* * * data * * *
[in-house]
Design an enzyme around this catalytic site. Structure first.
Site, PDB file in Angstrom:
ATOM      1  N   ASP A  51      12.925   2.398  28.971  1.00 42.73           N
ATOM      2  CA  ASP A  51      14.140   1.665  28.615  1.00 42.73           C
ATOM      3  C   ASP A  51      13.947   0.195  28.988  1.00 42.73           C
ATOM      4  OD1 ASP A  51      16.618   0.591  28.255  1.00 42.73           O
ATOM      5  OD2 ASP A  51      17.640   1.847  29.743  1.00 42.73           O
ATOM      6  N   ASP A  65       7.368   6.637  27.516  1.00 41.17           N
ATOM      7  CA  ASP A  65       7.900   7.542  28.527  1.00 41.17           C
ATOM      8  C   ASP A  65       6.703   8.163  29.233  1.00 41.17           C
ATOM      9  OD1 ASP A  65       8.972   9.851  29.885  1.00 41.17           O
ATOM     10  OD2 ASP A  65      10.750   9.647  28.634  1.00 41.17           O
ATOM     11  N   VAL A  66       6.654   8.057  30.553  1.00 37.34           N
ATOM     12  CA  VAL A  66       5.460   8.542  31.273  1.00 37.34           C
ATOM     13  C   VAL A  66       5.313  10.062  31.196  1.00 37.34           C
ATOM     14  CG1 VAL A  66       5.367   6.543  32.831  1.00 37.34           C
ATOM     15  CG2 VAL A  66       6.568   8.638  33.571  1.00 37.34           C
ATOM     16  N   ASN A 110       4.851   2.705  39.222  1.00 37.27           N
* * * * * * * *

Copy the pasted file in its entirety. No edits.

[in-house]
Design an enzyme around this catalytic site. Structure first.
Site, PDB file in Angstrom:
ATOM      1  N   ASP A  51      12.925   2.398  28.971  1.00 42.73           N
ATOM      2  CA  ASP A  51      14.140   1.665  28.615  1.00 42.73           C
ATOM      3  C   ASP A  51      13.947   0.195  28.988  1.00 42.73           C
ATOM      4  OD1 ASP A  51      16.618   0.591  28.255  1.00 42.73           O
ATOM      5  OD2 ASP A  51      17.640   1.847  29.743  1.00 42.73           O
ATOM      6  N   ASP A  65       7.368   6.637  27.516  1.00 41.17           N
ATOM      7  CA  ASP A  65       7.900   7.542  28.527  1.00 41.17           C
ATOM      8  C   ASP A  65       6.703   8.163  29.233  1.00 41.17           C
ATOM      9  OD1 ASP A  65       8.972   9.851  29.885  1.00 41.17           O
ATOM     10  OD2 ASP A  65      10.750   9.647  28.634  1.00 41.17           O
ATOM     11  N   VAL A  66       6.654   8.057  30.553  1.00 37.34           N
ATOM     12  CA  VAL A  66       5.460   8.542  31.273  1.00 37.34           C
ATOM     13  C   VAL A  66       5.313  10.062  31.196  1.00 37.34           C
ATOM     14  CG1 VAL A  66       5.367   6.543  32.831  1.00 37.34           C
ATOM     15  CG2 VAL A  66       6.568   8.638  33.571  1.00 37.34           C
ATOM     16  N   ASN A 110       4.851   2.705  39.222  1.00 37.27           N